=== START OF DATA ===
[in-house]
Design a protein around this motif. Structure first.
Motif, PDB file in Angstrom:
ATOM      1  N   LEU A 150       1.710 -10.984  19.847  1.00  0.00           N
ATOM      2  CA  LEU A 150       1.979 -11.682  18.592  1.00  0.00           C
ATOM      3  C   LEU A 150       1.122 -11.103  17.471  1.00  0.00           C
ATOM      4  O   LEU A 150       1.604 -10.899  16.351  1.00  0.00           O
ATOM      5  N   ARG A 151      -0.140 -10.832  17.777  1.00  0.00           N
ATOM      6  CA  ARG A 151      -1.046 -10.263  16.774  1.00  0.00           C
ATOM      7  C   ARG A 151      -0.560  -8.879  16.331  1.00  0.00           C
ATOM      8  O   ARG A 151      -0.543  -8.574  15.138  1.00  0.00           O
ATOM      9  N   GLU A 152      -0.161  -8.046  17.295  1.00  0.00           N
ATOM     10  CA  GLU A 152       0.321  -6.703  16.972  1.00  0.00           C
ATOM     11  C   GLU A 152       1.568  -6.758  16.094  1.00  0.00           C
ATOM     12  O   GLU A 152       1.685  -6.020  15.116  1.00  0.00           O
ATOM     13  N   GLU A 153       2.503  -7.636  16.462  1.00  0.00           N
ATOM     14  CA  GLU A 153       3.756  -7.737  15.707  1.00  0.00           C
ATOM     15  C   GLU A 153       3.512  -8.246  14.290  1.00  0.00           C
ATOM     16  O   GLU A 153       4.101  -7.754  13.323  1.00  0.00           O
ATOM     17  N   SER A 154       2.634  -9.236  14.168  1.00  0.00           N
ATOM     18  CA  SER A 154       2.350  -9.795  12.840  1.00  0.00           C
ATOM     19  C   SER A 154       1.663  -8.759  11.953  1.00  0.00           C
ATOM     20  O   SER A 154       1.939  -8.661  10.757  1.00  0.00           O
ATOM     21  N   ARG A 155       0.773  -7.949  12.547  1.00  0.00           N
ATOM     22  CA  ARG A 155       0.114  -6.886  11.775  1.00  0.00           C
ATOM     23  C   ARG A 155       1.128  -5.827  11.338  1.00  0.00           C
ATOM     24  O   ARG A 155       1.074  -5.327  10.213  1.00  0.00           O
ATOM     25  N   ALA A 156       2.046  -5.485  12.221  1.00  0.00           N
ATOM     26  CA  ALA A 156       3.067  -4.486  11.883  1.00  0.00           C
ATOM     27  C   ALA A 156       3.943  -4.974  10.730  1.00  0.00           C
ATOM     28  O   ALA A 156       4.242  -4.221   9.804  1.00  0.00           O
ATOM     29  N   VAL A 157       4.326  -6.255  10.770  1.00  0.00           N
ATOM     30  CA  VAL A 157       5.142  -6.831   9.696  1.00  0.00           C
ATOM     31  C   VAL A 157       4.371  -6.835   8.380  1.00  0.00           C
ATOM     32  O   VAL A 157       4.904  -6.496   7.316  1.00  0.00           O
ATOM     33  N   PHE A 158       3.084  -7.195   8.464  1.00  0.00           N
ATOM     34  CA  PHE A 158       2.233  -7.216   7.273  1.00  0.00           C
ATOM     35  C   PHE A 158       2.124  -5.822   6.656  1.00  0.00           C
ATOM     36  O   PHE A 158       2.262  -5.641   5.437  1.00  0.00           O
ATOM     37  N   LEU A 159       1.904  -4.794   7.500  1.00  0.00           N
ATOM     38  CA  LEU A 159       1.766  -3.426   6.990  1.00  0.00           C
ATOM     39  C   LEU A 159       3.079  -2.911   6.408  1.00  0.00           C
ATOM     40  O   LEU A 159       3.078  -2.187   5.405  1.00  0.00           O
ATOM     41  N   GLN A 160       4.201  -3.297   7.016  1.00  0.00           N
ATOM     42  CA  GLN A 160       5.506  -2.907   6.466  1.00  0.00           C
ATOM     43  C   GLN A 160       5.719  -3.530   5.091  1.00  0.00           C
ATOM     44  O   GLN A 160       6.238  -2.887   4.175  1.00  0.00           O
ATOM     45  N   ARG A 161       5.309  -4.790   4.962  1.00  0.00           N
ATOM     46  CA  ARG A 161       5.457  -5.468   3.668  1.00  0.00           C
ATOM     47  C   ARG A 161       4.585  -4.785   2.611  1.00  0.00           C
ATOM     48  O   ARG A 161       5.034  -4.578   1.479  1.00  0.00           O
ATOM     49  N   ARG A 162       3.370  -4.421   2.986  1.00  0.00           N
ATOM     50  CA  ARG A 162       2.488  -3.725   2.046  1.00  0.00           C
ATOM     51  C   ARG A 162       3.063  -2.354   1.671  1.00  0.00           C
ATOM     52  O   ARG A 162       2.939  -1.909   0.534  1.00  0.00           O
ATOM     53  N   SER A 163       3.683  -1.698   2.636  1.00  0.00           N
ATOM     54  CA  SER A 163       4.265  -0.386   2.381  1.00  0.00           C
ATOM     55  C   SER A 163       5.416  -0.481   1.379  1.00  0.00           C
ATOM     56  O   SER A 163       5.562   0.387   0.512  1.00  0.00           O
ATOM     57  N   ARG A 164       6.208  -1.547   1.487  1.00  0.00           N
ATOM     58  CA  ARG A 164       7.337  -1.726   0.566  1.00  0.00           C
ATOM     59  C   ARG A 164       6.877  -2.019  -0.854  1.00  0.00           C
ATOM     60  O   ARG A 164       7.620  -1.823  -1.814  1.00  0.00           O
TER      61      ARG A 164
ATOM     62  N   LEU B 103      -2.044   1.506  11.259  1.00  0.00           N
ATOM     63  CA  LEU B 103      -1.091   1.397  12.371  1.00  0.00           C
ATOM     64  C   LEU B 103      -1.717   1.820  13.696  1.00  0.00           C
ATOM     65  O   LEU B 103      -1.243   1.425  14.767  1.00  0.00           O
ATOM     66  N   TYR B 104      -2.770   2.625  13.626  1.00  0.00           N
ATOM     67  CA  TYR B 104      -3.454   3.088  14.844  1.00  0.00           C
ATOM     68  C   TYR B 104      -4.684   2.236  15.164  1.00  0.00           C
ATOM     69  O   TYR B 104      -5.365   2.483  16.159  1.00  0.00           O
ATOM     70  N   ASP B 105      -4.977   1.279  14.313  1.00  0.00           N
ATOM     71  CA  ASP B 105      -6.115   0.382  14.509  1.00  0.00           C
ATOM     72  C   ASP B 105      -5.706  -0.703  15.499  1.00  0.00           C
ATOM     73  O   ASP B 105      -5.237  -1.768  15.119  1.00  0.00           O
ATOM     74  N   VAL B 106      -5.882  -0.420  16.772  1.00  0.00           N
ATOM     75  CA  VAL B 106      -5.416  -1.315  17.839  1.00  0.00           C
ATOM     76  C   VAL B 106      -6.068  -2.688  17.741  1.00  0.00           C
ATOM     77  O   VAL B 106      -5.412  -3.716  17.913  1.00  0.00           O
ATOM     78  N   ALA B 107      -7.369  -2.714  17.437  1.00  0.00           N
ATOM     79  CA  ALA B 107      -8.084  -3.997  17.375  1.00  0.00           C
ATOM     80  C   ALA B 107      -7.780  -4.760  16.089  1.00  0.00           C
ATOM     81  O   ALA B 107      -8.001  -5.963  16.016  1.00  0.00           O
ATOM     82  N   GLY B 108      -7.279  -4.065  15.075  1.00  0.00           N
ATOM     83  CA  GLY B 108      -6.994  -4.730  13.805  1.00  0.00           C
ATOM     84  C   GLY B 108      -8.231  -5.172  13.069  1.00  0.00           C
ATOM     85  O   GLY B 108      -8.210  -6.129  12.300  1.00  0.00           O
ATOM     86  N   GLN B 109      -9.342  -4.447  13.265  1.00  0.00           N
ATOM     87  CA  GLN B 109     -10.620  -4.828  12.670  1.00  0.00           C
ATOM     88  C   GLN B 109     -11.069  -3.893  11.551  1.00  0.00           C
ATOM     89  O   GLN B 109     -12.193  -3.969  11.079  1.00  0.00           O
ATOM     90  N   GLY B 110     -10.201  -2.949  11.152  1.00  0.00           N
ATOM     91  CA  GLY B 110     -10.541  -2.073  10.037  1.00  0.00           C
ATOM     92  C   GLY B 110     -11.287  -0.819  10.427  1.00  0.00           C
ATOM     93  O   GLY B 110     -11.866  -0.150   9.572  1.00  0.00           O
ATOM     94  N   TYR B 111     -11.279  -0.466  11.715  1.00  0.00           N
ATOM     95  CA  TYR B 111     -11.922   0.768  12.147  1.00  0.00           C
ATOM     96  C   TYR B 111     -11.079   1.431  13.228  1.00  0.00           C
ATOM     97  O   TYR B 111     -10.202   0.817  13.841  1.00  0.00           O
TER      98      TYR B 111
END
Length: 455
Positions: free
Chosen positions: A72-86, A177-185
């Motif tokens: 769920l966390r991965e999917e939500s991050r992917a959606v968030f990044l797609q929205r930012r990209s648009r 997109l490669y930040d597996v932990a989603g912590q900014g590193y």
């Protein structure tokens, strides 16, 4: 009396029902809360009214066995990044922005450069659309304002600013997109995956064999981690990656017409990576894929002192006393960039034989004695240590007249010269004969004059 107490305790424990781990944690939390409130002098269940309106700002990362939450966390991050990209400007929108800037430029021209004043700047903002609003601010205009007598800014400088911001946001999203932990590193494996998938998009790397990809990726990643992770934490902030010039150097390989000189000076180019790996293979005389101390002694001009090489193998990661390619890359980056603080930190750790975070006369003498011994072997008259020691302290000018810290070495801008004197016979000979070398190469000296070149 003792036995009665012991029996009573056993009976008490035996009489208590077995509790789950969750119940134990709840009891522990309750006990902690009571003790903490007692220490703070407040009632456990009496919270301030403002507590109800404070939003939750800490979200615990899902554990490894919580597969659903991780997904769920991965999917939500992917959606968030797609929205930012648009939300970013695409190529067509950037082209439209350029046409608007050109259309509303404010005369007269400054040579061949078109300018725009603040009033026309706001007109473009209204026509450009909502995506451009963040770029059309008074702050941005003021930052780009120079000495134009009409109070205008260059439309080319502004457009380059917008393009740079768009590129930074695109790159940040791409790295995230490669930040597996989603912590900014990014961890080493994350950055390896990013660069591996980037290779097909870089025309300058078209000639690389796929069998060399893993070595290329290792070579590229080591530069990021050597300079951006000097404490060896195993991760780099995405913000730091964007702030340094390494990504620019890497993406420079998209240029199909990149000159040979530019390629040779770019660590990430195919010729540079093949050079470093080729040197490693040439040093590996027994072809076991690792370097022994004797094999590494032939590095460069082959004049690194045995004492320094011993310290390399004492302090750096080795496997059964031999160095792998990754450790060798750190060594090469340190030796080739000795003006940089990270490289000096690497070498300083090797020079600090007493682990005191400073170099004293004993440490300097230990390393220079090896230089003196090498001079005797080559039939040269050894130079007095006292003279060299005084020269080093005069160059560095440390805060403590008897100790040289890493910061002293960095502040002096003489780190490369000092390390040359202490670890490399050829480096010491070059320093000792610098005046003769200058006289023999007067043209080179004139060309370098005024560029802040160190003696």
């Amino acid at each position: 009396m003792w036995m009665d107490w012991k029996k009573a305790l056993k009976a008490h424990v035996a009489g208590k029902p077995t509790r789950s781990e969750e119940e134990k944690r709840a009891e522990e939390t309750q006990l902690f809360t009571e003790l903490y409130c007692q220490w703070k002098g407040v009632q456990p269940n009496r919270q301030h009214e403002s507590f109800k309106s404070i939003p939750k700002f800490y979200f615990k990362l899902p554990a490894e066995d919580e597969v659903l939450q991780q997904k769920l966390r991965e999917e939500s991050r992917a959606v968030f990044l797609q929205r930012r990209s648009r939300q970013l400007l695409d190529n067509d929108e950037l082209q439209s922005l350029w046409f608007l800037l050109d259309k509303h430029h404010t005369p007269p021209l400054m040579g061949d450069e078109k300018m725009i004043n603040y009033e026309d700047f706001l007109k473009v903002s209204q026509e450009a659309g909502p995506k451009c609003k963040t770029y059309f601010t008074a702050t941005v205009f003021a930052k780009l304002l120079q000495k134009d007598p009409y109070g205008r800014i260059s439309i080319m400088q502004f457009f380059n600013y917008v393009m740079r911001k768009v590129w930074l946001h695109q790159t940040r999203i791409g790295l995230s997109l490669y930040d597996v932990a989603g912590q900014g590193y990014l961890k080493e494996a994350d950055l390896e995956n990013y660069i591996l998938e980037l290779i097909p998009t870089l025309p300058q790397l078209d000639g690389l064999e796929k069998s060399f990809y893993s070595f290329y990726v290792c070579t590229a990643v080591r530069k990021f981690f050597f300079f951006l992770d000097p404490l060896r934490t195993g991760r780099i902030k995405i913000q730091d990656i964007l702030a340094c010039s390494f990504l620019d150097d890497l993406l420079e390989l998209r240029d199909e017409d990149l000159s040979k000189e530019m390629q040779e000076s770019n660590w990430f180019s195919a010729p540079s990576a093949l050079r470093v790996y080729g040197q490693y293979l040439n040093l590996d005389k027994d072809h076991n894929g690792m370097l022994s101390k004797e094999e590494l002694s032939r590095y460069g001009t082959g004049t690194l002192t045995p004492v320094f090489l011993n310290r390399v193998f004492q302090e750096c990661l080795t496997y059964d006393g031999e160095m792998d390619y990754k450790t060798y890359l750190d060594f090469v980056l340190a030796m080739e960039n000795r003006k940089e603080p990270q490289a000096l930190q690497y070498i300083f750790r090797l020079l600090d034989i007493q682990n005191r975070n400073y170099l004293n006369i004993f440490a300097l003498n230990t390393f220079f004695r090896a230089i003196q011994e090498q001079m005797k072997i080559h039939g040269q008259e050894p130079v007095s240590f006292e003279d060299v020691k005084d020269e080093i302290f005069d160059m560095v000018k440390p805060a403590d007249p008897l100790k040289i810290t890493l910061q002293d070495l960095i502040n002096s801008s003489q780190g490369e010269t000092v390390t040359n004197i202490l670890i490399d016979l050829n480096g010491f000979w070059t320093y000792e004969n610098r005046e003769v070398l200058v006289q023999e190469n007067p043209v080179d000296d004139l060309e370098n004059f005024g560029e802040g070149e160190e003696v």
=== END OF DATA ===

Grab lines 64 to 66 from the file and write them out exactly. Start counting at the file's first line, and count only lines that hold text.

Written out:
TER      61      ARG A 164
ATOM     62  N   LEU B 103      -2.044   1.506  11.259  1.00  0.00           N
ATOM     63  CA  LEU B 103      -1.091   1.397  12.371  1.00  0.00           C